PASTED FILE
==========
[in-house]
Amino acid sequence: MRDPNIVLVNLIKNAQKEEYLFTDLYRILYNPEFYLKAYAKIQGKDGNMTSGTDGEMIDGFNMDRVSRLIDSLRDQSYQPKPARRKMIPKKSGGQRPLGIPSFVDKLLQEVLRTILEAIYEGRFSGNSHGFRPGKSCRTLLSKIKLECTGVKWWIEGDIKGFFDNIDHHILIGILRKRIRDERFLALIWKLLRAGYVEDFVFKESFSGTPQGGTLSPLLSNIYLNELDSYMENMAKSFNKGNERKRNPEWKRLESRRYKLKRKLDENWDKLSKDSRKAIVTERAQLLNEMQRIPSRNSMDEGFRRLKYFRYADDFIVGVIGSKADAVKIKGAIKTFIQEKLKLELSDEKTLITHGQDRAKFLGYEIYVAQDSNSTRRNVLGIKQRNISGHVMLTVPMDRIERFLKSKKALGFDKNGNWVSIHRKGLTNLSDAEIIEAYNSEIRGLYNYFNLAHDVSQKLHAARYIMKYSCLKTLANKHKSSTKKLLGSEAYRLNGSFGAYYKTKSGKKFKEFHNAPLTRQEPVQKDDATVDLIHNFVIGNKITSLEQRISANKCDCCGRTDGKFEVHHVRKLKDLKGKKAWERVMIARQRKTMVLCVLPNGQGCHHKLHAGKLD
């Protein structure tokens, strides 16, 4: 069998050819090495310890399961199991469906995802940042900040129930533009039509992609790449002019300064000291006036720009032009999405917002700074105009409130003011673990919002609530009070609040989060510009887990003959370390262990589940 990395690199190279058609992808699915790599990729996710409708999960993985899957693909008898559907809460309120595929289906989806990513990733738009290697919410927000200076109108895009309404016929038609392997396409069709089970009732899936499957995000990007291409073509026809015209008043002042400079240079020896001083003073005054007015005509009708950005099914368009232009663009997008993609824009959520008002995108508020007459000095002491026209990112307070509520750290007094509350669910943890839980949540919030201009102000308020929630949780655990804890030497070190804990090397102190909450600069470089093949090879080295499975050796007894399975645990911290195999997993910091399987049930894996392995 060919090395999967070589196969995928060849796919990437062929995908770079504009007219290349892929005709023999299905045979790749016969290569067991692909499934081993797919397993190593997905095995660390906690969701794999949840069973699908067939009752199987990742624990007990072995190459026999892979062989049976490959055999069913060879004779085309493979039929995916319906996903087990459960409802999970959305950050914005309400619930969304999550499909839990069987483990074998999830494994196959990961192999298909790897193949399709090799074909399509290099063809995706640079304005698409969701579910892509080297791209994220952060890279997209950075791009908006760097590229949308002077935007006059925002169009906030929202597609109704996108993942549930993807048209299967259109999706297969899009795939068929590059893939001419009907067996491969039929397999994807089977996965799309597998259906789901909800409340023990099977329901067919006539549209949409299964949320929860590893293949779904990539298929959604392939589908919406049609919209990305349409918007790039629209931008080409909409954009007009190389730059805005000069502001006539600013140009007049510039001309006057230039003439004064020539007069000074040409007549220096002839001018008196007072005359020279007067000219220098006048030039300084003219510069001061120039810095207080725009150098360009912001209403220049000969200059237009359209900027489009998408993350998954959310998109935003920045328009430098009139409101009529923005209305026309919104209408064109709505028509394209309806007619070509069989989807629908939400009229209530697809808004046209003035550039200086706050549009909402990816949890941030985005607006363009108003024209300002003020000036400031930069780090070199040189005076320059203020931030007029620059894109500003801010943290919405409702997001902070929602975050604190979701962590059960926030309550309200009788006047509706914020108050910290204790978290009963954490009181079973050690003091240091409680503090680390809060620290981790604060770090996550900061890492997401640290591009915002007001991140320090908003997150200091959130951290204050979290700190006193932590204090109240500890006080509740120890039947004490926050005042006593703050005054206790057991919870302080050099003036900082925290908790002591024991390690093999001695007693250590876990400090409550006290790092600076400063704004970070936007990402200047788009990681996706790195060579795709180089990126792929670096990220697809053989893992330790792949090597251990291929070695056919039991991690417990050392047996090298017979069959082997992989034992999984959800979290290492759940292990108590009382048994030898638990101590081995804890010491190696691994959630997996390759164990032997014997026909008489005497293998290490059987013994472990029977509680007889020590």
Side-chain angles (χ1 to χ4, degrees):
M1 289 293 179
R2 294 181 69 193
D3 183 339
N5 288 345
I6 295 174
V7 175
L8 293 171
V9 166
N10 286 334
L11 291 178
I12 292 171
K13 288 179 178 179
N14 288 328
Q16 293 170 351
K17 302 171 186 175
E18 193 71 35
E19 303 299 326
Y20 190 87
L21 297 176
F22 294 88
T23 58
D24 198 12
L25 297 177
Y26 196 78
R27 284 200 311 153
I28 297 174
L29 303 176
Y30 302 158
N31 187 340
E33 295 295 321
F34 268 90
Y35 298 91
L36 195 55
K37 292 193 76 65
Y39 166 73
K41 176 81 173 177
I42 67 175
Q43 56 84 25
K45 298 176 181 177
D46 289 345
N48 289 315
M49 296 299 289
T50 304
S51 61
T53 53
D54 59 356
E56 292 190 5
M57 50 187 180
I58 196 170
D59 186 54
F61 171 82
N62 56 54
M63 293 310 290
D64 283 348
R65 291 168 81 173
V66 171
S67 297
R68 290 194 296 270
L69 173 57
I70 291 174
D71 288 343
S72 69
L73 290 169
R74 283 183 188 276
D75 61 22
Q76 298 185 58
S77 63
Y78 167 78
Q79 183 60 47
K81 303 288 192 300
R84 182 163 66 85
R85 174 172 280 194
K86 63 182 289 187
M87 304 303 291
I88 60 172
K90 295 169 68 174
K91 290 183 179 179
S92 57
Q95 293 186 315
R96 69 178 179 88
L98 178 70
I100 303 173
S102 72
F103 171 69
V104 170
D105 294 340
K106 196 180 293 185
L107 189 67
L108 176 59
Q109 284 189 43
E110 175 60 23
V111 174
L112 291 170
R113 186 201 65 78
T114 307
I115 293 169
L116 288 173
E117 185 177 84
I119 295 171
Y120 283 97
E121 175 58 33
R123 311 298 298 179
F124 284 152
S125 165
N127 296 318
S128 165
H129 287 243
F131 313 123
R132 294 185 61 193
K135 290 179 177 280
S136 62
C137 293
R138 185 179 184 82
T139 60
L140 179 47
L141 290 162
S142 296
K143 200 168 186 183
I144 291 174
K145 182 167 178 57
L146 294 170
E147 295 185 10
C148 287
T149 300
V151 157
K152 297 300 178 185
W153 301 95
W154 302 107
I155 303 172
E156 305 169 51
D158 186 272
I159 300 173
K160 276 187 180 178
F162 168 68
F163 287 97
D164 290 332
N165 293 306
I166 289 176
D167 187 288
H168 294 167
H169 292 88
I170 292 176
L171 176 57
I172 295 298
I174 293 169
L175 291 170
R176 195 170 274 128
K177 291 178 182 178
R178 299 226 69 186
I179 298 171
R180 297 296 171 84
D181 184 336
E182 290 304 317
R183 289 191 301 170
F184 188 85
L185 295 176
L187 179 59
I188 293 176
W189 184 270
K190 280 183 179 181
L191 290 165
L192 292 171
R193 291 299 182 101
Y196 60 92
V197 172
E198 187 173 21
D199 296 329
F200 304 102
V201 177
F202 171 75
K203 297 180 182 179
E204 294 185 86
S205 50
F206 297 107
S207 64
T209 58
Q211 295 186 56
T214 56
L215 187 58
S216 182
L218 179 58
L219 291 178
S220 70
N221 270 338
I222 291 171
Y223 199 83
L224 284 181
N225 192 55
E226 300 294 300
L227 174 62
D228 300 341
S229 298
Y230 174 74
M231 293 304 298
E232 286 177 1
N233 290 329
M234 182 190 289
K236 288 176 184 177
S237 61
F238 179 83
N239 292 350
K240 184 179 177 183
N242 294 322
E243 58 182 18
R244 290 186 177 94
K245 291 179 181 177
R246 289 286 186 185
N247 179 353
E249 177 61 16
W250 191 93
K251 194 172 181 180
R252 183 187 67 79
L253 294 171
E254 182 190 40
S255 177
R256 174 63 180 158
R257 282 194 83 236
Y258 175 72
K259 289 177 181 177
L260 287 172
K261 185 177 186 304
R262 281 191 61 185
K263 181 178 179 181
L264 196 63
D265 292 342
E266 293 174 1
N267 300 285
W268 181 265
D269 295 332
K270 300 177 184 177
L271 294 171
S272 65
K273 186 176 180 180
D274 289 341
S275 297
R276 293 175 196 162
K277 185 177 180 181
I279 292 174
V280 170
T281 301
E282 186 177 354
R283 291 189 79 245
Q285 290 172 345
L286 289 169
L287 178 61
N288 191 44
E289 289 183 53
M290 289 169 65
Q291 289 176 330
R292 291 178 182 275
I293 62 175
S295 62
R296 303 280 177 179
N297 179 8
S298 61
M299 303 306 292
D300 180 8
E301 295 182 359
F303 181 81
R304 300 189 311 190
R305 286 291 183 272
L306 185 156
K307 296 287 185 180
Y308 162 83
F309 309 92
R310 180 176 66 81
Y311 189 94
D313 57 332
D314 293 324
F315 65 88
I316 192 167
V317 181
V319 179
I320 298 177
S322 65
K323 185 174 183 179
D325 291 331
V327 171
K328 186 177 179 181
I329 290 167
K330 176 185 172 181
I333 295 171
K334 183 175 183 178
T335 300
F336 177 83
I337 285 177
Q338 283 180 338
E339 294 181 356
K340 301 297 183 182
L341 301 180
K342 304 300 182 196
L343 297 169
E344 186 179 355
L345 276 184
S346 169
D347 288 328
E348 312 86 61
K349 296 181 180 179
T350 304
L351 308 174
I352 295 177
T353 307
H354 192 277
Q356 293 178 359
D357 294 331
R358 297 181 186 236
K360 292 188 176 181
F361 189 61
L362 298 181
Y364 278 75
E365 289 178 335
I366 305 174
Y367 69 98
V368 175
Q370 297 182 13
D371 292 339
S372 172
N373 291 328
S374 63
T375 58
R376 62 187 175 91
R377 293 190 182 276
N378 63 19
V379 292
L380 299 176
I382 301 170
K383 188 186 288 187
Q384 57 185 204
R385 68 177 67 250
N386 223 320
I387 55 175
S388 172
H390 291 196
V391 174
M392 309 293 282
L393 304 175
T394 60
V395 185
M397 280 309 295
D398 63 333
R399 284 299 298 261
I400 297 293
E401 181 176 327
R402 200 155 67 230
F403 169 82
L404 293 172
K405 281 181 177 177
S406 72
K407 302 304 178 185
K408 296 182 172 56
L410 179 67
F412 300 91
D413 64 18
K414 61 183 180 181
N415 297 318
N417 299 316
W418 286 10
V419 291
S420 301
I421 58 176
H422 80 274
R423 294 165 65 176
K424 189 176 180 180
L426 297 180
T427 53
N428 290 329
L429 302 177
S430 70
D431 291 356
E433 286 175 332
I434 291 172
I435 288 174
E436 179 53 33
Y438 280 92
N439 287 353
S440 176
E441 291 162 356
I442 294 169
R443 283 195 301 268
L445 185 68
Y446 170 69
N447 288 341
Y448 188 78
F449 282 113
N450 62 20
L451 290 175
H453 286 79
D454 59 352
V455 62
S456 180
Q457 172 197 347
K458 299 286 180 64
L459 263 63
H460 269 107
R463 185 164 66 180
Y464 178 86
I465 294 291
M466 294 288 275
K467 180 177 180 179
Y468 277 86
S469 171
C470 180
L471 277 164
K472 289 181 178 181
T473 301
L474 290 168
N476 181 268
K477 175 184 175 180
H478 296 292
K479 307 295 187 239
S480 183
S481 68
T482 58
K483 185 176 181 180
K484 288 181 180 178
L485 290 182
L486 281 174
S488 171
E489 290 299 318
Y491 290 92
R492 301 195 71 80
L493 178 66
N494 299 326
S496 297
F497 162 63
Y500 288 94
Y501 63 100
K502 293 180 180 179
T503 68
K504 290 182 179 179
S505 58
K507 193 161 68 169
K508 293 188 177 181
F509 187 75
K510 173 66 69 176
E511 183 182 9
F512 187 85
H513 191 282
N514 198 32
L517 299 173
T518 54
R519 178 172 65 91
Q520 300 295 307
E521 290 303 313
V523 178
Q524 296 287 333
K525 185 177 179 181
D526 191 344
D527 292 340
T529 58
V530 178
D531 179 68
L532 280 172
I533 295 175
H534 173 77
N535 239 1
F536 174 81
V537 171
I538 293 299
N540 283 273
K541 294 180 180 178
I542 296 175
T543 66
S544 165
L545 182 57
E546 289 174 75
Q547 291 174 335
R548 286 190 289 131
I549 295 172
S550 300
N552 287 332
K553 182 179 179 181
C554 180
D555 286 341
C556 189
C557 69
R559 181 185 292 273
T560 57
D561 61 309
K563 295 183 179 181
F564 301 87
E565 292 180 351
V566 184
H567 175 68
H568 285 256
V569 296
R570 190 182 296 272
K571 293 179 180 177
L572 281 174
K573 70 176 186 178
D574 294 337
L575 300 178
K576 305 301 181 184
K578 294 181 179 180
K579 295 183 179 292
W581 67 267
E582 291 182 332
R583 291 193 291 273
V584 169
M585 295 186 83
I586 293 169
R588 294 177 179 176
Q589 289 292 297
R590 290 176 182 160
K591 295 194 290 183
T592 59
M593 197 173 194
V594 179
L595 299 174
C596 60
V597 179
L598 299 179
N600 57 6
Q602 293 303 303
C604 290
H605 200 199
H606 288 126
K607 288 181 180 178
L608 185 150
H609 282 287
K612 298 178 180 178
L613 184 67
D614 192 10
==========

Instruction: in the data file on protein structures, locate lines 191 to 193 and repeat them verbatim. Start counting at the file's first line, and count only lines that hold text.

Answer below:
L224 284 181
N225 192 55
E226 300 294 300